UK: Foodies create soaring demand for samphire

UK: Foodies create soaring demand for samphire

rsz_6-tesco_launches_samphire_in_storeIt’s been the seaside’s best kept secret for decades, even centuries. But now demand for the salty coastal sea plant samphire, which goes particularly well with fish, is soaring.

In the last year demand for samphire has soared by 80% at Tesco in the UK, thanks to its popularity on TV cookery shows.

The plant, which traditionally grows in estuary waters, is being commercially harvested for Tesco in the Vale of Evesham, Worcestershire – an area noted for its outstanding quality asparagus.

Tesco vegetable buyer Bart Vangorp explains: “For centuries, samphire was the seaside’s best kept secret – a little known sea plant that is a wonderful accompaniment to fish because of its wonderfully succulent taste and distinctive salty flavour.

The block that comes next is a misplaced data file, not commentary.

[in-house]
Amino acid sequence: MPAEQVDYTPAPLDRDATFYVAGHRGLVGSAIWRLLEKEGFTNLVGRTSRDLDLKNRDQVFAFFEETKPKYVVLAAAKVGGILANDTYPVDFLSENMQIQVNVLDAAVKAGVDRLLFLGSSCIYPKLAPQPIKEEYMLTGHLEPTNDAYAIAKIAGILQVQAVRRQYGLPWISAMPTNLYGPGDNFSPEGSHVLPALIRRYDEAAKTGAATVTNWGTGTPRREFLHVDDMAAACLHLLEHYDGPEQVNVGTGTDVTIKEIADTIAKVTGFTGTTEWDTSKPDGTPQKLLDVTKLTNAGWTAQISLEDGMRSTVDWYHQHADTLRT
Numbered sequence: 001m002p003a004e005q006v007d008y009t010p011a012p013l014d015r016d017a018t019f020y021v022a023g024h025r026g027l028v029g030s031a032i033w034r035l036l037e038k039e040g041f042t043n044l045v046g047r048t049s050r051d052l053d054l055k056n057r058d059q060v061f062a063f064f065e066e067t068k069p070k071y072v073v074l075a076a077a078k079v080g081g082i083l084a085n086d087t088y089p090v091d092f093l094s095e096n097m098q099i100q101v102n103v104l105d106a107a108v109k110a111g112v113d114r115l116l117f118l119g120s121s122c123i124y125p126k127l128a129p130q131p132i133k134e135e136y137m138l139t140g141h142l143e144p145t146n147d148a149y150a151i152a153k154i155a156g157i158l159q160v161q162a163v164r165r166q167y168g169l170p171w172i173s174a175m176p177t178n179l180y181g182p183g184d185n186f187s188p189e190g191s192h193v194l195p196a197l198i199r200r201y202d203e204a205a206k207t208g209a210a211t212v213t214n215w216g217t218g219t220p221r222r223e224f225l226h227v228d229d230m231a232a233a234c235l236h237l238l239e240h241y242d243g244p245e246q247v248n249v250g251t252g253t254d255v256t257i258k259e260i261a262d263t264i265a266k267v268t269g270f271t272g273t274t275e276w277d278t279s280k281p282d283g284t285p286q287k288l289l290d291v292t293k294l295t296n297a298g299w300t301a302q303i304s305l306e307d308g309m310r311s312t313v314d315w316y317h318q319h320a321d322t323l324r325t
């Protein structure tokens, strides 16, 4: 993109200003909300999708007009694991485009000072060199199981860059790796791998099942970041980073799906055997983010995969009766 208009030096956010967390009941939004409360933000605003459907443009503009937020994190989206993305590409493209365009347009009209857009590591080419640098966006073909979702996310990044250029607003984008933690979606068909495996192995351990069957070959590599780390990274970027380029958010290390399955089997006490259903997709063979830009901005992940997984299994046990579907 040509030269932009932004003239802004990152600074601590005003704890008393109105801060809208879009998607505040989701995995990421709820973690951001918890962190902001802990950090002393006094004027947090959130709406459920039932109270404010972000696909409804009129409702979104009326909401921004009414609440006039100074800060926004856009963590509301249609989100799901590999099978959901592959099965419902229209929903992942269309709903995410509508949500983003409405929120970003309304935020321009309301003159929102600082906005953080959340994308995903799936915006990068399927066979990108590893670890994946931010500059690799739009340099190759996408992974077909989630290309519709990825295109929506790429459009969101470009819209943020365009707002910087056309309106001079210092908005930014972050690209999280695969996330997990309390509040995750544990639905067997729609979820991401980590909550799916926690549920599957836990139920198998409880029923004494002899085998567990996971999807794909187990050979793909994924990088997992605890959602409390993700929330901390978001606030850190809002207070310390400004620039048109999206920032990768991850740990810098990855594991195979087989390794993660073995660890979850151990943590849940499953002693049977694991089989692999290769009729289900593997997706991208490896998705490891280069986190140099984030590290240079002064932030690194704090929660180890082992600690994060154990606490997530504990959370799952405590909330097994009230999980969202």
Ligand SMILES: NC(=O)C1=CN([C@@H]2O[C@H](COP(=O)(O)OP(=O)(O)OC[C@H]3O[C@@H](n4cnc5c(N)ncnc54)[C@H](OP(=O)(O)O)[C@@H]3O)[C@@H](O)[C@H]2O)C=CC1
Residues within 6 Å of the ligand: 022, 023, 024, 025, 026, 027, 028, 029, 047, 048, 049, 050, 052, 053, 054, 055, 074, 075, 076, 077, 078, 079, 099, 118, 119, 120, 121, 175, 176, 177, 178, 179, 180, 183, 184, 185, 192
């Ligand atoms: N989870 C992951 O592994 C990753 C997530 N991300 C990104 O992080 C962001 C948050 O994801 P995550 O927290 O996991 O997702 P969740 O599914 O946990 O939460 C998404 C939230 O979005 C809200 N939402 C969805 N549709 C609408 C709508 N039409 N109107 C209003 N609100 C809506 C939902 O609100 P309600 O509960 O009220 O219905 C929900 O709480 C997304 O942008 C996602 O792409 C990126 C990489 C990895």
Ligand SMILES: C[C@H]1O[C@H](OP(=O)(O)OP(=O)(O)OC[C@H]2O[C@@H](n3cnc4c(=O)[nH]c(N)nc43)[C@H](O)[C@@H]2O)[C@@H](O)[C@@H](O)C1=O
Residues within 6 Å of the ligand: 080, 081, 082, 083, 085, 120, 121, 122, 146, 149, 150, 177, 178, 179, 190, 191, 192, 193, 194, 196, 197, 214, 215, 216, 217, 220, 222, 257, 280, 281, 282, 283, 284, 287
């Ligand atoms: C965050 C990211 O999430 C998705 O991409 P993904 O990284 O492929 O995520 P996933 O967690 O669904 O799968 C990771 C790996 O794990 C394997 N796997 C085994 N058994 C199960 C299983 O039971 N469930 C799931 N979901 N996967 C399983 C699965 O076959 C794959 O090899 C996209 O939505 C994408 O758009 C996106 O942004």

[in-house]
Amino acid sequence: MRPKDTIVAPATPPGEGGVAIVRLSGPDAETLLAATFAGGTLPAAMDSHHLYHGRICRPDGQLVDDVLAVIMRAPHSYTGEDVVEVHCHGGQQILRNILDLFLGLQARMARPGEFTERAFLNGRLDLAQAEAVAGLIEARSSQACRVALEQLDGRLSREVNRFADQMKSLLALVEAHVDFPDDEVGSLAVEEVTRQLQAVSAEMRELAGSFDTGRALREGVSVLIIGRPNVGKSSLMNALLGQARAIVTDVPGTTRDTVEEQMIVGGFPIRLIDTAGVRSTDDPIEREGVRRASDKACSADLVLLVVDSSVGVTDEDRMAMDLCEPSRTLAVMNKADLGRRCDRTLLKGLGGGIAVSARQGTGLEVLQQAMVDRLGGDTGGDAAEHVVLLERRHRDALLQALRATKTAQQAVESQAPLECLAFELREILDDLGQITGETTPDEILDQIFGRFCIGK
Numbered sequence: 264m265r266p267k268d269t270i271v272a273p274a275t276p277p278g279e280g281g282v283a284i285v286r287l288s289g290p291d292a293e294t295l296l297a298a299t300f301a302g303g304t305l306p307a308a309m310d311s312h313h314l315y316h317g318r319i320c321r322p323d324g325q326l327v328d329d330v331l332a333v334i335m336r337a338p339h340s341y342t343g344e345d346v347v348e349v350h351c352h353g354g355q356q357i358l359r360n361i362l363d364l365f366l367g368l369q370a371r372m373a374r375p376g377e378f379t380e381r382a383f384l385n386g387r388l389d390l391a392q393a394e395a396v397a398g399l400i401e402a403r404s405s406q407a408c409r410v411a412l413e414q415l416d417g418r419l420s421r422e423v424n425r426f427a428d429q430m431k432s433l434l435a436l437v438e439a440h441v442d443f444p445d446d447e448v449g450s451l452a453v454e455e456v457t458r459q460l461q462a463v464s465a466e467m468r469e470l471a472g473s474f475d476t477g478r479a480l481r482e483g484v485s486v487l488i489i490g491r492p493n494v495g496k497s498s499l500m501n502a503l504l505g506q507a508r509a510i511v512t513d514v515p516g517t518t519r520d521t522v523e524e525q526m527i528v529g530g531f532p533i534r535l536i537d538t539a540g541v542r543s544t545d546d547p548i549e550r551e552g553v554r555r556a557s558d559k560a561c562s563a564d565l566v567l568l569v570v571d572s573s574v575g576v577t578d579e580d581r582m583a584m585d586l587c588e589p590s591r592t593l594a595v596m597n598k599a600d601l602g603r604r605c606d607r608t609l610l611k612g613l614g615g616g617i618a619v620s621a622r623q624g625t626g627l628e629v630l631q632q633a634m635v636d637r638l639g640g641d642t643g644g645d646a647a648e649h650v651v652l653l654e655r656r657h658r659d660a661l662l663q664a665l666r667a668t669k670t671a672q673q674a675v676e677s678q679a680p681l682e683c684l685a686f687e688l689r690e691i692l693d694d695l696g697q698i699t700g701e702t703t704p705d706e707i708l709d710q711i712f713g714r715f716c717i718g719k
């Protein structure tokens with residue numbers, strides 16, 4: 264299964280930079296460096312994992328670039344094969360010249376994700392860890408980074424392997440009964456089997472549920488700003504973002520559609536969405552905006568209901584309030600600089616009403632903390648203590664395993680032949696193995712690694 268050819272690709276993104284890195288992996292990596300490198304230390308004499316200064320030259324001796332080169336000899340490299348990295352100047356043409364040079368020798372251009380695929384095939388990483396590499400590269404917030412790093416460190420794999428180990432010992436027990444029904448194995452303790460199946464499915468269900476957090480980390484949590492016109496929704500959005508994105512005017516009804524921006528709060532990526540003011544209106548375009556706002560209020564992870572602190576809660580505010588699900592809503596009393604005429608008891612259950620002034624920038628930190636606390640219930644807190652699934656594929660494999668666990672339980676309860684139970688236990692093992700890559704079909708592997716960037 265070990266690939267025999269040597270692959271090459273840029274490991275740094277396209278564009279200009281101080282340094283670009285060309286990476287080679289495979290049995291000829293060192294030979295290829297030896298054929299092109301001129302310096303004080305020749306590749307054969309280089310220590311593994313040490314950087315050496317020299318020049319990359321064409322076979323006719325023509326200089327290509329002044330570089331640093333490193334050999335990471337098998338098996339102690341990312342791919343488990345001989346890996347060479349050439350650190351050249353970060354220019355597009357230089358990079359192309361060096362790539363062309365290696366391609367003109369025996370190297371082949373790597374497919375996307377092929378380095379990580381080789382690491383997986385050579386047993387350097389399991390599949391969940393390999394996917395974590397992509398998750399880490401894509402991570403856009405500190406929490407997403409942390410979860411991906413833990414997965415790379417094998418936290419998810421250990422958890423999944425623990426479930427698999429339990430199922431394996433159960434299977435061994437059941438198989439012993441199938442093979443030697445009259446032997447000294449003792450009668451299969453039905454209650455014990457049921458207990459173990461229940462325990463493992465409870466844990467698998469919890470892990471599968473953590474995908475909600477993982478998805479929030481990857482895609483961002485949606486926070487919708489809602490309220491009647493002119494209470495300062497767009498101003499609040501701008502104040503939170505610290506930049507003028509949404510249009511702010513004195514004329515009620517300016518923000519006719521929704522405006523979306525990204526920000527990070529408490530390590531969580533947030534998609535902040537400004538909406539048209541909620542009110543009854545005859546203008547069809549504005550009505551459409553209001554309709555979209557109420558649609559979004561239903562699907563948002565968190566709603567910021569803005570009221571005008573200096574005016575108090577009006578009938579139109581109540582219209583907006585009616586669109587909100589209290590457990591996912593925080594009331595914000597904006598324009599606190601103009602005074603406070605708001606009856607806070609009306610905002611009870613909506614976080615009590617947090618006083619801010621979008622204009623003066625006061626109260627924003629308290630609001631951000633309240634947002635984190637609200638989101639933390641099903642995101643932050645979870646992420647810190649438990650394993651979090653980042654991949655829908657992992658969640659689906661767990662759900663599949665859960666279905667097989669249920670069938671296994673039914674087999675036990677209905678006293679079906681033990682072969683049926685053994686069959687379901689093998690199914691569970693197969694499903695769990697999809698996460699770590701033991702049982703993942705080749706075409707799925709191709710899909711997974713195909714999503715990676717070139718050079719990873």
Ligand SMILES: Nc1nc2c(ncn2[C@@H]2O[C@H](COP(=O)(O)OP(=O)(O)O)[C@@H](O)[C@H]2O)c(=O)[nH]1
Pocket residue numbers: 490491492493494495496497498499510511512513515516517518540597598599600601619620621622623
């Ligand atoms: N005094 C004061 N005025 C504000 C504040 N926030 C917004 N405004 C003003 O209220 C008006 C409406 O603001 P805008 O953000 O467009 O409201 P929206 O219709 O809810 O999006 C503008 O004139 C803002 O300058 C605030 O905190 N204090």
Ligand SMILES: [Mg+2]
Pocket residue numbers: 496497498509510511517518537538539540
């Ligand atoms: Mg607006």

“Until about five years ago samphire was still only really known by foodies but thanks to being championed by celebrity Chefs such as Hugh Fearnley-Whittingstall and Jamie Oliver it is becoming a mainstream delicacy.

“Unless you lived near the sea it was quite hard to find which is why we decided to stock it to make it easier for our customers to buy.”

Samphire has vibrant green stalks with a crisp texture and succulent tender tips. It has a distinctively salty flavour and is low in calories with virtually no fat. It is also rich in vitamins, especially vitamin C.

Tesco samphire will be available in store from May to October and costs £2 for a 115 gram pack. Tesco’s samphire is supplied by speciality growers Westlands who are the UK’s biggest producer of edible sea plants. They grow samphire in glasshouses, which is cultivated and hand harvested to give customers a better tasting and fresher product.

Westlands general manager Peter Taylor said: “While the British season lasts from mid-May until October estuary grown samphire has a notoriously short window of being at its very best which is about two to three weeks from late June to early July after which it becomes too stringy.

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